private int a_;
ref int a() {
    return a_;
unittest {
    int c=a;

The only thing is, the moment you give up @property you loose encapsulation, if that is ok for your application, then you'll be fine. If not, a looser property definiton would not help you either.

No UFCS for properties

Properties protect the access to a field of an entity (class/struct/module), so they actually have to be defined within the entity they belong to, just as a field would. Even though D's module wide private access would make it technically possible to implement a property outside a class/struct, it sure is no big gain to actually allow this.

On the other hand, property methods implemented outside of the struct/class's containing module are not able to encapsulate any field, because they have only access to the public parts of the struct/class, which are directly accessible anyway.

So the very definition of properties, makes UFCS properties nonsensical and thus solves the ambiguity of module level properties.

Behaviour like functions

To resolve issues with functions returning functions/delegates and optional parantheses. Properties no longer pretend to be fields, they are functions offering convenience syntax. So it is perfectly fine to call a property accessor function with foo() or foo(arg) and is even mandatory if you want to call a returned delegate/function:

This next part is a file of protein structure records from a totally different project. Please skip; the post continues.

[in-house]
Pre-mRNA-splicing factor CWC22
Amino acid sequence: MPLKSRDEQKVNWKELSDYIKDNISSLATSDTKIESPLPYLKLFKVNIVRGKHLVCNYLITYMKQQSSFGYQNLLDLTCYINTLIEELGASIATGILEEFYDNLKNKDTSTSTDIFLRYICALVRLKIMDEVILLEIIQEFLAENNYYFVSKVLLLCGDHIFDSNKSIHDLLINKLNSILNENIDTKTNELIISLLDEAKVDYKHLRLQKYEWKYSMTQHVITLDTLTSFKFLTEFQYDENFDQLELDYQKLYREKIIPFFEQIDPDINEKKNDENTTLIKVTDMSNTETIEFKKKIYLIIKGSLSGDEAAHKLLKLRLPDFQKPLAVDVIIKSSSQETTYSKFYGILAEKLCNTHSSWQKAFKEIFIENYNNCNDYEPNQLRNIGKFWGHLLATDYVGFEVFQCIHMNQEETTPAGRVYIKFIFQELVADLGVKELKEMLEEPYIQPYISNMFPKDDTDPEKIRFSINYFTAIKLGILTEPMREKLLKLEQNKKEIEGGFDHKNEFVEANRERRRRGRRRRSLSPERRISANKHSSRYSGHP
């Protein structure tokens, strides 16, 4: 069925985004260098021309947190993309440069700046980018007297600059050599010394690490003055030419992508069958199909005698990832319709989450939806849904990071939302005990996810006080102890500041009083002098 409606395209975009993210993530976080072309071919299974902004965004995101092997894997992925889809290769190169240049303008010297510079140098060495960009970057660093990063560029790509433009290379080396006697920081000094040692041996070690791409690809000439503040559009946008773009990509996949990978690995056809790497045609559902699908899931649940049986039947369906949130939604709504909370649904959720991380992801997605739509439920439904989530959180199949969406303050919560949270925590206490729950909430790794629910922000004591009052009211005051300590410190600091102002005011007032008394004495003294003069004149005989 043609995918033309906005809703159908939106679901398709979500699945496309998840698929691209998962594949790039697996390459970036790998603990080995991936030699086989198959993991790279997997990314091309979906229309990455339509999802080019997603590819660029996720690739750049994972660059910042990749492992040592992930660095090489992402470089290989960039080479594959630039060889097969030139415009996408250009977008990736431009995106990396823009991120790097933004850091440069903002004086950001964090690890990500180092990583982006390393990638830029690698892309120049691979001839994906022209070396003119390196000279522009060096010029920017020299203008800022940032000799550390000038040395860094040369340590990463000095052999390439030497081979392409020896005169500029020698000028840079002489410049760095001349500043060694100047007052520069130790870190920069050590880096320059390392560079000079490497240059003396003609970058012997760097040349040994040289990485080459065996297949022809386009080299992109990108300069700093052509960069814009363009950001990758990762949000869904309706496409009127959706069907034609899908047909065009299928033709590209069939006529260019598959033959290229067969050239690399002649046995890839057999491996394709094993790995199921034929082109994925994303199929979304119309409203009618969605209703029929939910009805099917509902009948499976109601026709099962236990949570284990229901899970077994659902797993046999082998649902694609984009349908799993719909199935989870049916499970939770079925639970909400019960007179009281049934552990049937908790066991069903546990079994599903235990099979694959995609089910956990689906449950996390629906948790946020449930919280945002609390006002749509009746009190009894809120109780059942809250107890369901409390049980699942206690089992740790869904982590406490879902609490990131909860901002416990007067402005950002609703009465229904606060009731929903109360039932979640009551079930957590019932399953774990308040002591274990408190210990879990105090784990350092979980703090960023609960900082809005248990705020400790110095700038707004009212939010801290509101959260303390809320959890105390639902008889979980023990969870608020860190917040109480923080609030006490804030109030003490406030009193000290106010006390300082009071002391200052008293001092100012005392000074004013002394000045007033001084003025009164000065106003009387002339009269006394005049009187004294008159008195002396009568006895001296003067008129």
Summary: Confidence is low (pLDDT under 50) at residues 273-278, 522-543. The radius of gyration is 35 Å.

@property void function() foo();

unittest {
// Call the returned function:

Reasoning: There is no value in pretending to be a field, as a field can always be made a function. The other way round is not that easy, as the whole property mess suggests. Also this way properties stay compatible with normal functions, which is at least in the case necessary where you switch from set/get property to function returning ref.

@property fields Details

The compiler must generate the standard get/set methods, taking parameters by value and returning them by value. From a quick look in the Qt documentation it seems that most properties are small any way. If pass by reference is desired, the implementations would have to be written by hand.


This document has been placed in the Public Domain.